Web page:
Most existing 16-bit and MS-DOS-based programs were originally written for Windows 3.0 or Windows 3.1. Windows 7 runs these older programs using a virtual machine that mimics the 386-enhanced mode used by Windows 3.0 and Windows 3.1. Unlike on other recent releases of Windows, on Windows 7 each 16-bit and MS-DOS-based application runs as a thread within a single virtual machine. This means that if you run multiple 16-bit and MS-DOS-based applications, they all share a common memory space. Unfortunately, if one of these applications hangs or crashes, it usually means the others will as well.
You can help prevent one 16-bit or MS-DOS-based application from causing others to hang or crash by running it in a separate memory space. To do this, follow these steps: More »
You can customize the appearance of a Command Prompt window, changing its size, font, and even colors. And you can save these settings independently for each shortcut that launches a Command Prompt so that you can make appropriate settings for different tasks.
To customize a Command Prompt window, you make settings in the Properties dialog box that you can reach in three ways:
- Right-clicking on a shortcut for a Command Prompt provides the Properties option. Changes you make here affect all future Command Prompt sessions launched from that particular shortcut.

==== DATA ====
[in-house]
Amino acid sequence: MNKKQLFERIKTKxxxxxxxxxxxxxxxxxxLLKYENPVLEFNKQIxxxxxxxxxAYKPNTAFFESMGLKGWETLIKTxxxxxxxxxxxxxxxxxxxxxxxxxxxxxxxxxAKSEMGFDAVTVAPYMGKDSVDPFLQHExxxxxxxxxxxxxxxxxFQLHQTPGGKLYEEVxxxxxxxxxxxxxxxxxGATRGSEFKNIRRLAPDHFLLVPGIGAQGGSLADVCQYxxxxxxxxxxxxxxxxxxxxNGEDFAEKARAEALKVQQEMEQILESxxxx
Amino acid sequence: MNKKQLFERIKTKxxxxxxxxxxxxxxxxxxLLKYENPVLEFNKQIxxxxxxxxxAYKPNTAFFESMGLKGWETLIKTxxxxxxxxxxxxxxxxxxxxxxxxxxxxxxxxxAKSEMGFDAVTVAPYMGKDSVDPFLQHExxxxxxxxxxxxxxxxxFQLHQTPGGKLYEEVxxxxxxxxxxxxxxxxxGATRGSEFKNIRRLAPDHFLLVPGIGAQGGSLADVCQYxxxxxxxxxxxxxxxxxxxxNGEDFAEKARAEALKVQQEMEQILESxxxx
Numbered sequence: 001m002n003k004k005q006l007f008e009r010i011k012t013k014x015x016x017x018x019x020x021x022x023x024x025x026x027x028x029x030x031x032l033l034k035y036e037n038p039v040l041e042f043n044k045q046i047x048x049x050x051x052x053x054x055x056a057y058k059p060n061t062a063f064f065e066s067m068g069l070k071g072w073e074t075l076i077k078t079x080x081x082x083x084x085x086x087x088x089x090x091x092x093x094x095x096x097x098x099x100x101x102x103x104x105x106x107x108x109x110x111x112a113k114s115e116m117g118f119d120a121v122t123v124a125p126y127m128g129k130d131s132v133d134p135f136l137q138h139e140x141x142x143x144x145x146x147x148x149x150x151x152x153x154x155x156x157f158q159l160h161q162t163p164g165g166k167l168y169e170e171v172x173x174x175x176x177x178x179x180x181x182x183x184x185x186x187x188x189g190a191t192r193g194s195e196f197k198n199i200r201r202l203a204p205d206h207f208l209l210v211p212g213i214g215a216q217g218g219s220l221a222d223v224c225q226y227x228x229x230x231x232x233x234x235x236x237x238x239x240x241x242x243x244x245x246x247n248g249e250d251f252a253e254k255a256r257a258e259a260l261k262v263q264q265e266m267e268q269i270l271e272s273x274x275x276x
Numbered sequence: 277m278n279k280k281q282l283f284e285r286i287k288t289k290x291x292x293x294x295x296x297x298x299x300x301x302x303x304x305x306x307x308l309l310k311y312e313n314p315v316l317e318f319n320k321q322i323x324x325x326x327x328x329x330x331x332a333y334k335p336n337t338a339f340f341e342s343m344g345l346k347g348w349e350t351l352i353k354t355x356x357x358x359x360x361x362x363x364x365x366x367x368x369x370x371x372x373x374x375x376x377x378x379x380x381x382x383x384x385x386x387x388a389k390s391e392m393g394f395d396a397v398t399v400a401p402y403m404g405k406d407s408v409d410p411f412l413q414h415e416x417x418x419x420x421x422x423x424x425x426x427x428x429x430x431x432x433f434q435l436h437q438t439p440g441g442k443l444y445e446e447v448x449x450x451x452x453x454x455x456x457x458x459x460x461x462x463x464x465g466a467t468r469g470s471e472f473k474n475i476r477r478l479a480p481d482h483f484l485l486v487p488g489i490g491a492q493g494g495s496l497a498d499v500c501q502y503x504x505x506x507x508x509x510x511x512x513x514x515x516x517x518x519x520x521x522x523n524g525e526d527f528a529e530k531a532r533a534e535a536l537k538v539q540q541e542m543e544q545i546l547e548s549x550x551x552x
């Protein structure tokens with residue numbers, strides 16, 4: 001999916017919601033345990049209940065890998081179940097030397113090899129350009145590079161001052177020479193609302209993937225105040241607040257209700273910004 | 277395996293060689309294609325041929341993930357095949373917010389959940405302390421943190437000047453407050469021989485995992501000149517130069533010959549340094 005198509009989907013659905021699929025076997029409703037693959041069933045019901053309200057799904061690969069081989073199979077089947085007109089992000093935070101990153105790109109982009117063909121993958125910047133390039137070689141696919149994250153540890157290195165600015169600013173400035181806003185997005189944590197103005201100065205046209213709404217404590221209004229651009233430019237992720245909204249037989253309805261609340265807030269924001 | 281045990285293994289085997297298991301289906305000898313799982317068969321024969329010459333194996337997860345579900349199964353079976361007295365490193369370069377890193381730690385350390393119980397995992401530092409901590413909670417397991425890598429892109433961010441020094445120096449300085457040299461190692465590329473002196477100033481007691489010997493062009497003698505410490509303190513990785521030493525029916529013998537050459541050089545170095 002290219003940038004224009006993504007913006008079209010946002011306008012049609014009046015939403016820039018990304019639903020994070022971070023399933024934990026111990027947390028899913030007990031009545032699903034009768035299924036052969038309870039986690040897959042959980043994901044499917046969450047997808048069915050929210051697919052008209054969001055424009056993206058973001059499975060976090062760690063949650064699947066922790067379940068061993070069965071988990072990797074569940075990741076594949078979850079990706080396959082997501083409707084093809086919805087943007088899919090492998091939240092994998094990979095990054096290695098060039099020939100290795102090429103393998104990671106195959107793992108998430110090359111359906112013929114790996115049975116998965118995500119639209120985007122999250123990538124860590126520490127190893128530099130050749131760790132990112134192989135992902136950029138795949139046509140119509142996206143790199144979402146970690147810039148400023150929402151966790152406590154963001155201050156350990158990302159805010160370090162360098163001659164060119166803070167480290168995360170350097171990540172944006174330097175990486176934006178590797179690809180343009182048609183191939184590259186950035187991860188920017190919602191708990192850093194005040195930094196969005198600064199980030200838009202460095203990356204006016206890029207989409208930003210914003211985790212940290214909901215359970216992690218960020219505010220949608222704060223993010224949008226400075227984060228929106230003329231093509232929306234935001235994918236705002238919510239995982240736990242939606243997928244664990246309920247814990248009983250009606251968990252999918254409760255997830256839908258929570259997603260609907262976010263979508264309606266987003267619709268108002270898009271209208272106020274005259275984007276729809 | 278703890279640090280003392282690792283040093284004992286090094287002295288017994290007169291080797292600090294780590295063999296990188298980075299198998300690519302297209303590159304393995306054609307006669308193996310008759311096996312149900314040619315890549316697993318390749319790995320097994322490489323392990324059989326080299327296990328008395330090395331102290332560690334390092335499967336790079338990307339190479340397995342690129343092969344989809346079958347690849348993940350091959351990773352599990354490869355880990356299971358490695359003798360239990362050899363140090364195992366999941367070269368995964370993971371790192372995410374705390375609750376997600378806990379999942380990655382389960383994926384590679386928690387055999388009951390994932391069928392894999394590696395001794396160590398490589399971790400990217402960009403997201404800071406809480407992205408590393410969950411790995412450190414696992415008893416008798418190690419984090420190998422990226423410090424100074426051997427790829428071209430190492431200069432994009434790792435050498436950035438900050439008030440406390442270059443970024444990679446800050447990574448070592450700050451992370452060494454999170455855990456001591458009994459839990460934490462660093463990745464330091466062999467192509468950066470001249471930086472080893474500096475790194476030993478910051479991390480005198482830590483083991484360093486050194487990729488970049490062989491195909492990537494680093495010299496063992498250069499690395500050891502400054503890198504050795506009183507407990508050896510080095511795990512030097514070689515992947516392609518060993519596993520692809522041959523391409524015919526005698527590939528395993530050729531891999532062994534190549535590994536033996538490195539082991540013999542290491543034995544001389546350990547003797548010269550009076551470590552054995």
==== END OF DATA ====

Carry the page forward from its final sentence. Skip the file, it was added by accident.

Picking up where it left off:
- Clicking the Control menu icon in a Command Prompt window offers access to the Properties dialog box. (If Command Prompt is running in full-screen mode, press Alt+Enter to switch to window display.) Changes you make here affect the current session. When you leave the properties dialog box, you’ll be given the option of propagating your changes to the shortcut from which this session was launched. If you accept, all future sessions launched from that shortcut will also use the new settings.
Make USB Disk Bootable is a console based free tool which lets you create a MS DOS bootable USB drive which is created by using the system files on any windows xp PC. This bootable USB Disk is actually a MS-DOS Bootable USB Drive from the users XP source files.
Tip: Install Windows 7 From Bootable USB Drive
This free tool uses HP USB Dos Format Tool to make the USB disk bootable, if you do not have HP USB Format tool installed then it will download it from the HP Website and install it on your computer.
Note: You must accept the HP End User License Agreement during setup.
Here is the step by step procedure to do the same
Related Tip: Installing Windows XP Using A USB Flash Drive
1. Download Make USB Bootable Tool and extract the zip package in separate directory
2. Right click mkboot.cmd file and click edit to change the attributes in the config file.
3. Change USBDRV value R: to the drive letter that is been currently used by your USB Drive when you plug it in your computer.
4. Exit and Save then double click on mkboot.cmd to run this tool. More »
You will use the following tools when you prepare images and deploy Windows Vista throughout your organization:
Sysprep This is the updated version, modified for Windows Vista.
Setup A new installation tool for Windows Vista that replaces WINNT and WINNT32.
ImageX The new command-line tool for creating WIM images.
Windows SIM A tool for creating and modifying Unattend.xml files.
PEimg The tool for customizing Windows PE 2.0 images.
Windows DS The new version of RIS, which adds the ability to deploy Windows Vista images as well as Windows PE 2.0 boot images. More »